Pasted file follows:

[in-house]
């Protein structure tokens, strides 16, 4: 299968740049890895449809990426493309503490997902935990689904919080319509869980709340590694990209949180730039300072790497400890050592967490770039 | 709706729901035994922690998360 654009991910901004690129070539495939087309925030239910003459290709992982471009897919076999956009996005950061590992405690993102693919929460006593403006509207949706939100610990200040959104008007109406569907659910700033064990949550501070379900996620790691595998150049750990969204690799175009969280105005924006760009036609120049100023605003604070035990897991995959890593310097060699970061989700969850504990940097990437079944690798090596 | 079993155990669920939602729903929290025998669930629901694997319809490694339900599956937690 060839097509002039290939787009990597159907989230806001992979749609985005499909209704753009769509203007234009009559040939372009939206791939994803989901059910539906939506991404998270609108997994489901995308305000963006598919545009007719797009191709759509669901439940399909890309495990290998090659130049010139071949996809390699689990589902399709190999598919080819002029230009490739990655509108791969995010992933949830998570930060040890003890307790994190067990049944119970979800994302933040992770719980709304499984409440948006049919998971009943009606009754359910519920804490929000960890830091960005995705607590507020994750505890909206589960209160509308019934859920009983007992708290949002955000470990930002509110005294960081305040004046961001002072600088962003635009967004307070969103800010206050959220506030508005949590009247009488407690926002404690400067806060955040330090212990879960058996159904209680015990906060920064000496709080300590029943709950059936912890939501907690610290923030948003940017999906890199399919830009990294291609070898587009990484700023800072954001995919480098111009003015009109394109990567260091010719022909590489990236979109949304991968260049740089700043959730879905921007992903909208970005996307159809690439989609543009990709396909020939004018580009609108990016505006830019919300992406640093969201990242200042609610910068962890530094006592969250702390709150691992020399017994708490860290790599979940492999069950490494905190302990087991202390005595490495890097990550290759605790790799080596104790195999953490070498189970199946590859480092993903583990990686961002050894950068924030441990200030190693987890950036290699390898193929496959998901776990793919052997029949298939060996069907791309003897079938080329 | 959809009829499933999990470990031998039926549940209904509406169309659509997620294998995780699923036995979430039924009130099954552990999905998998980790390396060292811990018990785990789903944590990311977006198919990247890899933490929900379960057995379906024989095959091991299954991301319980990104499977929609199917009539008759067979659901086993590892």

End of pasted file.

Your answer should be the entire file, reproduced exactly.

[in-house]
């Protein structure tokens, strides 16, 4: 299968740049890895449809990426493309503490997902935990689904919080319509869980709340590694990209949180730039300072790497400890050592967490770039 | 709706729901035994922690998360 654009991910901004690129070539495939087309925030239910003459290709992982471009897919076999956009996005950061590992405690993102693919929460006593403006509207949706939100610990200040959104008007109406569907659910700033064990949550501070379900996620790691595998150049750990969204690799175009969280105005924006760009036609120049100023605003604070035990897991995959890593310097060699970061989700969850504990940097990437079944690798090596 | 079993155990669920939602729903929290025998669930629901694997319809490694339900599956937690 060839097509002039290939787009990597159907989230806001992979749609985005499909209704753009769509203007234009009559040939372009939206791939994803989901059910539906939506991404998270609108997994489901995308305000963006598919545009007719797009191709759509669901439940399909890309495990290998090659130049010139071949996809390699689990589902399709190999598919080819002029230009490739990655509108791969995010992933949830998570930060040890003890307790994190067990049944119970979800994302933040992770719980709304499984409440948006049919998971009943009606009754359910519920804490929000960890830091960005995705607590507020994750505890909206589960209160509308019934859920009983007992708290949002955000470990930002509110005294960081305040004046961001002072600088962003635009967004307070969103800010206050959220506030508005949590009247009488407690926002404690400067806060955040330090212990879960058996159904209680015990906060920064000496709080300590029943709950059936912890939501907690610290923030948003940017999906890199399919830009990294291609070898587009990484700023800072954001995919480098111009003015009109394109990567260091010719022909590489990236979109949304991968260049740089700043959730879905921007992903909208970005996307159809690439989609543009990709396909020939004018580009609108990016505006830019919300992406640093969201990242200042609610910068962890530094006592969250702390709150691992020399017994708490860290790599979940492999069950490494905190302990087991202390005595490495890097990550290759605790790799080596104790195999953490070498189970199946590859480092993903583990990686961002050894950068924030441990200030190693987890950036290699390898193929496959998901776990793919052997029949298939060996069907791309003897079938080329 | 959809009829499933999990470990031998039926549940209904509406169309659509997620294998995780699923036995979430039924009130099954552990999905998998980790390396060292811990018990785990789903944590990311977006198919990247890899933490929900379960057995379906024989095959091991299954991301319980990104499977929609199917009539008759067979659901086993590892």